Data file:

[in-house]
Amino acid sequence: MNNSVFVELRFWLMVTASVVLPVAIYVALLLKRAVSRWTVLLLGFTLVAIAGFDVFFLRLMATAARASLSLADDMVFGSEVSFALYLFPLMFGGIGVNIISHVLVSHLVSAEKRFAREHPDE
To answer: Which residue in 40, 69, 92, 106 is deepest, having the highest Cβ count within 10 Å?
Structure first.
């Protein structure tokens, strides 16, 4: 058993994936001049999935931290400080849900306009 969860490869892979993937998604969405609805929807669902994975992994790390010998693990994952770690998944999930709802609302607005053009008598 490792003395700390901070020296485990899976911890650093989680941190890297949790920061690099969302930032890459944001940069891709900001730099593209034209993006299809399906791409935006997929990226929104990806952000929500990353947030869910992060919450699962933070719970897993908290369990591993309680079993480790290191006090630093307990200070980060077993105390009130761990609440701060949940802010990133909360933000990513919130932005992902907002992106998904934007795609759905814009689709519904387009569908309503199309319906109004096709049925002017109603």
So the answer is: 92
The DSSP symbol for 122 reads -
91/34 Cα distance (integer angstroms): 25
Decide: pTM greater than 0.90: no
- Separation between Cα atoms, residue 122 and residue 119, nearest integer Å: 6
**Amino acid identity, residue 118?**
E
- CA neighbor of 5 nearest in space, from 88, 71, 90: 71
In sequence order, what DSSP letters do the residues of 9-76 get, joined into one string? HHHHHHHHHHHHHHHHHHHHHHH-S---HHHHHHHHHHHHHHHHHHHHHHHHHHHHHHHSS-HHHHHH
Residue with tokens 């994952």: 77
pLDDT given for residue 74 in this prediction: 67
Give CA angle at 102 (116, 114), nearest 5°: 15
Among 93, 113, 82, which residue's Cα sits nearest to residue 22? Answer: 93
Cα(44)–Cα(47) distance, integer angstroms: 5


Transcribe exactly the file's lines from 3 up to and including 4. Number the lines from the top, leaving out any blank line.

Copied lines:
To answer: Which residue in 40, 69, 92, 106 is deepest, having the highest Cβ count within 10 Å?
Structure first.